Isn’t the post-war Marinetti just down right lovable. His valorization and fetishizing of war crumbles under the war itself. The true dangers of the futurist project is exposed by the fulfillment of that project historically. Futurism has been rightly blamed for the misfortunes of modernity, and the primitivist response to industrilaim (a kind of Pastism) is gaining ground artistically in the 20s, with DADA, surrealism, cubism, and even modernism, which its return to myth and history. But Marinetti is right, primitivism is absurd (and other problems i wont get into here). My favorite line follows: “Heal, rather, the illness of the post-war period, giving humanity new and nutritious joys.” Ah, nutritious joys. This tenderness is suddenly lost and he goes back to his masculine, patriarchal tone of wanting to “perfect” humanity — an extension of the futurist project, to “futurize” all of humanity in thier own image. The Love and Friendship is touching, at the end…and brings us to the topic of this essay in the first place: Tactilism:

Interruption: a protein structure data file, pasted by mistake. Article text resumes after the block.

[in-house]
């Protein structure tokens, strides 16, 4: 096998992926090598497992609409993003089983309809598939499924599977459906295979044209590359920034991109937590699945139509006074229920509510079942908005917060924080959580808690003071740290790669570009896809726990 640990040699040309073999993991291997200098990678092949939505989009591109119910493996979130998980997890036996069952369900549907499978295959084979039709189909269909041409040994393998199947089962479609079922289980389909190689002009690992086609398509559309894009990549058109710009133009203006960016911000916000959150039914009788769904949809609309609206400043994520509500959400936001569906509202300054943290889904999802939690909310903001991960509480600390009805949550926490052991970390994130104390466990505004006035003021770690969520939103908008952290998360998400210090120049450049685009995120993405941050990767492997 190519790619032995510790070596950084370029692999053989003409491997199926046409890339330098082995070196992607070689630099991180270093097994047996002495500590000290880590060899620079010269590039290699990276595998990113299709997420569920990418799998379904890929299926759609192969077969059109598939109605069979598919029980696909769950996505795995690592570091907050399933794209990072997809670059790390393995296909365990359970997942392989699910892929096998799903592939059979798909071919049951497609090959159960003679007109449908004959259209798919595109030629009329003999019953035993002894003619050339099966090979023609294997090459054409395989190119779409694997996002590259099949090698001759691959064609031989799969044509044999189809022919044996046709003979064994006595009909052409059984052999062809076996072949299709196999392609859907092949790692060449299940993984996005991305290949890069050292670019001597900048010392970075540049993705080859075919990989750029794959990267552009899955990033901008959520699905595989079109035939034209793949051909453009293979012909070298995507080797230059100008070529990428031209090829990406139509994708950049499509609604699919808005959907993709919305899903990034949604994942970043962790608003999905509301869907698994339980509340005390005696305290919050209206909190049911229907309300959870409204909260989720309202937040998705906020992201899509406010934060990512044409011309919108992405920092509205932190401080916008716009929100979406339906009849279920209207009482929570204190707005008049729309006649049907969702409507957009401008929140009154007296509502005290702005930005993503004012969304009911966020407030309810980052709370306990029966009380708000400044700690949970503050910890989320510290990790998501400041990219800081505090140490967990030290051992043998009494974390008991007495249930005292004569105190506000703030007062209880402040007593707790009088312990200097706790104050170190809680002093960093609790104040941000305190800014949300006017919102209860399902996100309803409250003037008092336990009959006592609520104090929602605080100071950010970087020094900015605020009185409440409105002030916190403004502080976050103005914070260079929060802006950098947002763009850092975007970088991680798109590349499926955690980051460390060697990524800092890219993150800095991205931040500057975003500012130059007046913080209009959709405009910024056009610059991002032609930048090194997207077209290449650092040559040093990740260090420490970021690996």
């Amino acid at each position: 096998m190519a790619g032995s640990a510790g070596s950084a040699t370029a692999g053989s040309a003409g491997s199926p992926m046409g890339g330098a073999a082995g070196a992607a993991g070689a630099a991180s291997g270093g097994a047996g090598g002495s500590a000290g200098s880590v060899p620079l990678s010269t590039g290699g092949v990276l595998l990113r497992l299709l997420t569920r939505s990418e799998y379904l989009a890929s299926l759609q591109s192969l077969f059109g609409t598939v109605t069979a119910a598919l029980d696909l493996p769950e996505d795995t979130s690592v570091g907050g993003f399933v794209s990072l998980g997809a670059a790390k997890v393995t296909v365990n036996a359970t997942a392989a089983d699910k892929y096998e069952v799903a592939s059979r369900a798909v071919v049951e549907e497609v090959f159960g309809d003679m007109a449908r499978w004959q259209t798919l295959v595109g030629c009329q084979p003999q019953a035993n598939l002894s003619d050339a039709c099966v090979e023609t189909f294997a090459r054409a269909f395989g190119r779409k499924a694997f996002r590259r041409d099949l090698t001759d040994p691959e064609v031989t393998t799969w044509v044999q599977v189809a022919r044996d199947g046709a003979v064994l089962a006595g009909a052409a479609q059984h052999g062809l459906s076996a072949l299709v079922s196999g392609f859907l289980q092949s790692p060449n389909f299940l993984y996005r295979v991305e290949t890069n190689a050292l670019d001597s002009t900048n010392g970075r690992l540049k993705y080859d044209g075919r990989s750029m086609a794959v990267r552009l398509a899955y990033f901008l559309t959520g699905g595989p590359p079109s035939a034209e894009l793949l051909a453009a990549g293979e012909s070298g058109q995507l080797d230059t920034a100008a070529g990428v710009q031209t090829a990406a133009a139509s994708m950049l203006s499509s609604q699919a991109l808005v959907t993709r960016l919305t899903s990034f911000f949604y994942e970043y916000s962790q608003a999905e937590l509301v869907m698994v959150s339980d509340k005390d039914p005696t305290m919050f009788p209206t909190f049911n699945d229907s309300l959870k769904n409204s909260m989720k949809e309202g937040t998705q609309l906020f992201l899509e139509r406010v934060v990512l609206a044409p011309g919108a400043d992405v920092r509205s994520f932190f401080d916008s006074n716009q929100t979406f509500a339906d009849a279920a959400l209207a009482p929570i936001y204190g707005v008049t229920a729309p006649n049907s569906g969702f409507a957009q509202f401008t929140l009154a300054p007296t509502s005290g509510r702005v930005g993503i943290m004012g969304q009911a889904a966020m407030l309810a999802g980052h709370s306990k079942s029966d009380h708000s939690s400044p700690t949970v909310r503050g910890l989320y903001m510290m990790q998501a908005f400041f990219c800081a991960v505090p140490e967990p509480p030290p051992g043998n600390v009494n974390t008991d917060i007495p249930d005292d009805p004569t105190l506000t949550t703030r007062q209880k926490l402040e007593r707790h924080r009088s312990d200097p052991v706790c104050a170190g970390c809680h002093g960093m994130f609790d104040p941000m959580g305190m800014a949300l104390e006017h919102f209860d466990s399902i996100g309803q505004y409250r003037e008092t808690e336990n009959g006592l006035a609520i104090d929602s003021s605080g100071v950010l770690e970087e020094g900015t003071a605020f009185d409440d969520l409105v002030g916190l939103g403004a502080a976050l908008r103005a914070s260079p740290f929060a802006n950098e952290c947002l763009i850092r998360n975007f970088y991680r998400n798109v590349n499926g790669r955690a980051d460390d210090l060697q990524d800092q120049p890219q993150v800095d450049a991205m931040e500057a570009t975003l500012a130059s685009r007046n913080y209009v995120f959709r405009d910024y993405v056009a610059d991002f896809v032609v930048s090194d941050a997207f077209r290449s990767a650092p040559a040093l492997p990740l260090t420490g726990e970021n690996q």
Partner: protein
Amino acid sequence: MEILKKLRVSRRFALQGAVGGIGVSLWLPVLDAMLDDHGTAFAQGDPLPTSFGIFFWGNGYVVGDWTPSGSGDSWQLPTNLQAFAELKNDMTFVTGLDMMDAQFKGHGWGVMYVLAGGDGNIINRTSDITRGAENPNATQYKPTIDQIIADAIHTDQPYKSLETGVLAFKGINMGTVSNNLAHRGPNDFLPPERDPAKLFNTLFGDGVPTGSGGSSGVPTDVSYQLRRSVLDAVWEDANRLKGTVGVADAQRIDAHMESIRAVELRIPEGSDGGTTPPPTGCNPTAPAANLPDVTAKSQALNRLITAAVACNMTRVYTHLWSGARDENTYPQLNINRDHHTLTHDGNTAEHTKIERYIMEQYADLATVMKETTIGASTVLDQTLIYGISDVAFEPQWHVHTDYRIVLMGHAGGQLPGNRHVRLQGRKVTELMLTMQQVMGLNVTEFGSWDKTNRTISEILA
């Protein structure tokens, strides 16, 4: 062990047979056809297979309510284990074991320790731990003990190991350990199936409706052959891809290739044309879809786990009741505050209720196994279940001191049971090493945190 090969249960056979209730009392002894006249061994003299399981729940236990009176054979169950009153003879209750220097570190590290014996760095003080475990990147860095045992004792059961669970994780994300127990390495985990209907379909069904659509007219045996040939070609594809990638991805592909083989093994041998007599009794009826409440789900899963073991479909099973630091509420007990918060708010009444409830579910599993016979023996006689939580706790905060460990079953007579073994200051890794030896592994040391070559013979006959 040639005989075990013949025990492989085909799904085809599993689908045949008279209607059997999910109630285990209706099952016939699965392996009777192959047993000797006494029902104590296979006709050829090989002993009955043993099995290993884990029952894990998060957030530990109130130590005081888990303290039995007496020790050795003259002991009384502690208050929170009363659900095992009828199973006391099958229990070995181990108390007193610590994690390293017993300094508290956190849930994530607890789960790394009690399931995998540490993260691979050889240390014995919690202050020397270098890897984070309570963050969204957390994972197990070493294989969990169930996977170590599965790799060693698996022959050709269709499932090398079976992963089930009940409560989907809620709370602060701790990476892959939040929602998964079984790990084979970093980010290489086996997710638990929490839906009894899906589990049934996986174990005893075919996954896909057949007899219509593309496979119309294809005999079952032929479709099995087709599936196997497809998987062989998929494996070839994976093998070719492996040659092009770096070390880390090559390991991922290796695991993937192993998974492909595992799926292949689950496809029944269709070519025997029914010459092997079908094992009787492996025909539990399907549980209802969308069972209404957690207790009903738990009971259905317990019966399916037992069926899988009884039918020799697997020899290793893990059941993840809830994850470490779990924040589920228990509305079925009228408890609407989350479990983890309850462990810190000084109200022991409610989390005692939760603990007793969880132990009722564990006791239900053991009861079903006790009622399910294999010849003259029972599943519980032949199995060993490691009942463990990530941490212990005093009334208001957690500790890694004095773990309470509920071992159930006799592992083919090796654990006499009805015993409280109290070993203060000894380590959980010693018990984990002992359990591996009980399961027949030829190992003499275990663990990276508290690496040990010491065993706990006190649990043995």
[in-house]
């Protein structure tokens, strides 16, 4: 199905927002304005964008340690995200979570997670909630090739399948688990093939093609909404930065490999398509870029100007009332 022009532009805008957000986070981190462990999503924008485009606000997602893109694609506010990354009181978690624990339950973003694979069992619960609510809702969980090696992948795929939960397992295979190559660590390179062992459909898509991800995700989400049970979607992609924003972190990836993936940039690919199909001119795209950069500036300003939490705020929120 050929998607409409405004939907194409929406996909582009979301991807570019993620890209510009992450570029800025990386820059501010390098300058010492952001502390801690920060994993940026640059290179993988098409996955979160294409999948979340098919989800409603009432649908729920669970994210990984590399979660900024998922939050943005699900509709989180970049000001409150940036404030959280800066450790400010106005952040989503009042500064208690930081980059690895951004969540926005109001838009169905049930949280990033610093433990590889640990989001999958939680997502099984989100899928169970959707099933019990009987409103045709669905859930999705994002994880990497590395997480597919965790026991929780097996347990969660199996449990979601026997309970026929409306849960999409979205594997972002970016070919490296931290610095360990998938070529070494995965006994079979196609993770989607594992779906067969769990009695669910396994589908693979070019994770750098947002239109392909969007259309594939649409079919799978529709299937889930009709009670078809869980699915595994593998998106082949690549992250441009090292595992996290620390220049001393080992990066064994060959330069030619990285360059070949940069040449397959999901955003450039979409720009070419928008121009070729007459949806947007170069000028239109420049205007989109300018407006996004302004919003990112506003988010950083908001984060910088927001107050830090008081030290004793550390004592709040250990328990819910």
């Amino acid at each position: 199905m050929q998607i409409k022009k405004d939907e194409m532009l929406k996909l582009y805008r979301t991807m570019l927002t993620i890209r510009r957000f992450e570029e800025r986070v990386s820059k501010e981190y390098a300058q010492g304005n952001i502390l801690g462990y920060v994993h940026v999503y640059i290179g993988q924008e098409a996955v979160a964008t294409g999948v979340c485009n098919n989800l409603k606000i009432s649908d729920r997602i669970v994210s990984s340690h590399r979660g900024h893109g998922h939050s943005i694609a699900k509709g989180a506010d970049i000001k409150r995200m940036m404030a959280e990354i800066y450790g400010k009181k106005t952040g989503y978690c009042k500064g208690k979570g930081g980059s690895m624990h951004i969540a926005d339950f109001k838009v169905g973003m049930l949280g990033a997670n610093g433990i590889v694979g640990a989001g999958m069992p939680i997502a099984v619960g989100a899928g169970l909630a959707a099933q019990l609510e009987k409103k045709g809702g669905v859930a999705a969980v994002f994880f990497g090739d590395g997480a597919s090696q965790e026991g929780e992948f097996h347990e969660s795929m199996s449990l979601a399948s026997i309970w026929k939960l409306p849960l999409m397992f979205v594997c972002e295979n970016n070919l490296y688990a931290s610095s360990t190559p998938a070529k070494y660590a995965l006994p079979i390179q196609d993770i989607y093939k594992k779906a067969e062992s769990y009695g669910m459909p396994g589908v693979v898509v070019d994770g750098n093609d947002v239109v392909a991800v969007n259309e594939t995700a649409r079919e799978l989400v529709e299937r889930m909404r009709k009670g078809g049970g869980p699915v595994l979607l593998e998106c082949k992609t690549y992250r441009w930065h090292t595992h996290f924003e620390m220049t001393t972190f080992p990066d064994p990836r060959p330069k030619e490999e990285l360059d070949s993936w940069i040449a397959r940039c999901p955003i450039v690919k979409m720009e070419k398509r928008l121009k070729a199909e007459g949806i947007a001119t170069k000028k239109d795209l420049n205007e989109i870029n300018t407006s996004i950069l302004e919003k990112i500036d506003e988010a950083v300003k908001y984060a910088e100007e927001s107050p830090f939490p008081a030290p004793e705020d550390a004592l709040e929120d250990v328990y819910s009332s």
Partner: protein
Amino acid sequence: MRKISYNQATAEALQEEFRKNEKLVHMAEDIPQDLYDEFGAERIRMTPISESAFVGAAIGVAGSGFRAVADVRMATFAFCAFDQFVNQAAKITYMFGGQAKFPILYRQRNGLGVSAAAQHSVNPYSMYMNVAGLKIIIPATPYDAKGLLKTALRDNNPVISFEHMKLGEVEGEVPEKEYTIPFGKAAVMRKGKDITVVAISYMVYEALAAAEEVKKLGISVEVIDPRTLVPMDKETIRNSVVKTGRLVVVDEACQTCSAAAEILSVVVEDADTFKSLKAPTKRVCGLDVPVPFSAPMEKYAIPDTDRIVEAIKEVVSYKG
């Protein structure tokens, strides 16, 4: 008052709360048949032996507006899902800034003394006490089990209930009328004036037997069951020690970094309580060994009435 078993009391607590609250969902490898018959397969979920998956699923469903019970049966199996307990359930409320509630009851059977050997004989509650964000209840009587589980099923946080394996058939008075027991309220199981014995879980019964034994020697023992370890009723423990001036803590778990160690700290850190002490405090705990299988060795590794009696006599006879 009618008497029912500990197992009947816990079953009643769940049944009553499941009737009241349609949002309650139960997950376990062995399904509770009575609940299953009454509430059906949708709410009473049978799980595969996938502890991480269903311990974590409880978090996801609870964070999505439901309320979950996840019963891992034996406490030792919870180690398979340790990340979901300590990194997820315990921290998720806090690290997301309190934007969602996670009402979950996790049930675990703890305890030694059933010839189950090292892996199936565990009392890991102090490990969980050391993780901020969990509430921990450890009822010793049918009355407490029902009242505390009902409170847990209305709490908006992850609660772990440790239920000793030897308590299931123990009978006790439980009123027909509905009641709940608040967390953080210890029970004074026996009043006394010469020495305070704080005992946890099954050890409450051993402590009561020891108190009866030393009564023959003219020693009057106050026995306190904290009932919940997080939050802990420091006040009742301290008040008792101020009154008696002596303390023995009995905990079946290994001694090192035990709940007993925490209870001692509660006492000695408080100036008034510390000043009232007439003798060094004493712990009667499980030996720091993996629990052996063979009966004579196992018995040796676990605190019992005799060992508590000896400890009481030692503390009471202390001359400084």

In my careful and anti-traditional observations of all the erotic and sentimental phenomena that unite both sexes, and of the no-less-complex phenomena of friendship, I have understood that human beings speak to each other with their mouths and with their eyes, but do not manage a true sincerity because of the lack of sensitivity of the skin, which is still a mediocre conductor of thought.

While eyes and voices communicate their essences, the senses of touch of two individuals communicate almost nothing in their clashes, intertwining, or rubbing. Thus, the need to transform the handshake, the kiss, and the coupling into continuous transmissions of thought.